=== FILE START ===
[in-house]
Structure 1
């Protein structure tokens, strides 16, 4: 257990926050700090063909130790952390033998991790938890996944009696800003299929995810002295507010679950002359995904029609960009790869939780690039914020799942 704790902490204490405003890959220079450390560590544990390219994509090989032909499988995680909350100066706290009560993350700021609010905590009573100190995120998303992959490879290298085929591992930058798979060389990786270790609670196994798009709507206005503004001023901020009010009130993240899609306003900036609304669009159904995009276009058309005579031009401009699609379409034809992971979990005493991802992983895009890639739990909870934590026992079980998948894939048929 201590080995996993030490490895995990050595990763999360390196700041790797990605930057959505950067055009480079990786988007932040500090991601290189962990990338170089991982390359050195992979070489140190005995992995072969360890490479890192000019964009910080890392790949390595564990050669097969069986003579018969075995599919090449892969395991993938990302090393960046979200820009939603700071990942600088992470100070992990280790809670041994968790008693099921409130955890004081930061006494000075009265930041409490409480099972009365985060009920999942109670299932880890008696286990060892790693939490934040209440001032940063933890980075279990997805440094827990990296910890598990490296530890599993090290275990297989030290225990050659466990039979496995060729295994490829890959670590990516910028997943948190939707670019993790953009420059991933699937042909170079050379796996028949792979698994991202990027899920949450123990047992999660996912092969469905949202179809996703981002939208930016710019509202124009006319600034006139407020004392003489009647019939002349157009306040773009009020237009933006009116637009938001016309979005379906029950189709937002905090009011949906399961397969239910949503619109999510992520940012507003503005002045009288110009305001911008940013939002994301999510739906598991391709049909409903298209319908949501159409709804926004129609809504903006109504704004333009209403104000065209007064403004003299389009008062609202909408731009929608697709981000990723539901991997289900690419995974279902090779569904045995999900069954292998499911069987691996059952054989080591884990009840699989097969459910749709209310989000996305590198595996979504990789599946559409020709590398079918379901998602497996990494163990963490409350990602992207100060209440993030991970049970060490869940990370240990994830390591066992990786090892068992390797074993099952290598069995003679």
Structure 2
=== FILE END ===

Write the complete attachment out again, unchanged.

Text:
[in-house]
Structure 1
């Protein structure tokens, strides 16, 4: 257990926050700090063909130790952390033998991790938890996944009696800003299929995810002295507010679950002359995904029609960009790869939780690039914020799942 704790902490204490405003890959220079450390560590544990390219994509090989032909499988995680909350100066706290009560993350700021609010905590009573100190995120998303992959490879290298085929591992930058798979060389990786270790609670196994798009709507206005503004001023901020009010009130993240899609306003900036609304669009159904995009276009058309005579031009401009699609379409034809992971979990005493991802992983895009890639739990909870934590026992079980998948894939048929 201590080995996993030490490895995990050595990763999360390196700041790797990605930057959505950067055009480079990786988007932040500090991601290189962990990338170089991982390359050195992979070489140190005995992995072969360890490479890192000019964009910080890392790949390595564990050669097969069986003579018969075995599919090449892969395991993938990302090393960046979200820009939603700071990942600088992470100070992990280790809670041994968790008693099921409130955890004081930061006494000075009265930041409490409480099972009365985060009920999942109670299932880890008696286990060892790693939490934040209440001032940063933890980075279990997805440094827990990296910890598990490296530890599993090290275990297989030290225990050659466990039979496995060729295994490829890959670590990516910028997943948190939707670019993790953009420059991933699937042909170079050379796996028949792979698994991202990027899920949450123990047992999660996912092969469905949202179809996703981002939208930016710019509202124009006319600034006139407020004392003489009647019939002349157009306040773009009020237009933006009116637009938001016309979005379906029950189709937002905090009011949906399961397969239910949503619109999510992520940012507003503005002045009288110009305001911008940013939002994301999510739906598991391709049909409903298209319908949501159409709804926004129609809504903006109504704004333009209403104000065209007064403004003299389009008062609202909408731009929608697709981000990723539901991997289900690419995974279902090779569904045995999900069954292998499911069987691996059952054989080591884990009840699989097969459910749709209310989000996305590198595996979504990789599946559409020709590398079918379901998602497996990494163990963490409350990602992207100060209440993030991970049970060490869940990370240990994830390591066992990786090892068992390797074993099952290598069995003679």
Structure 2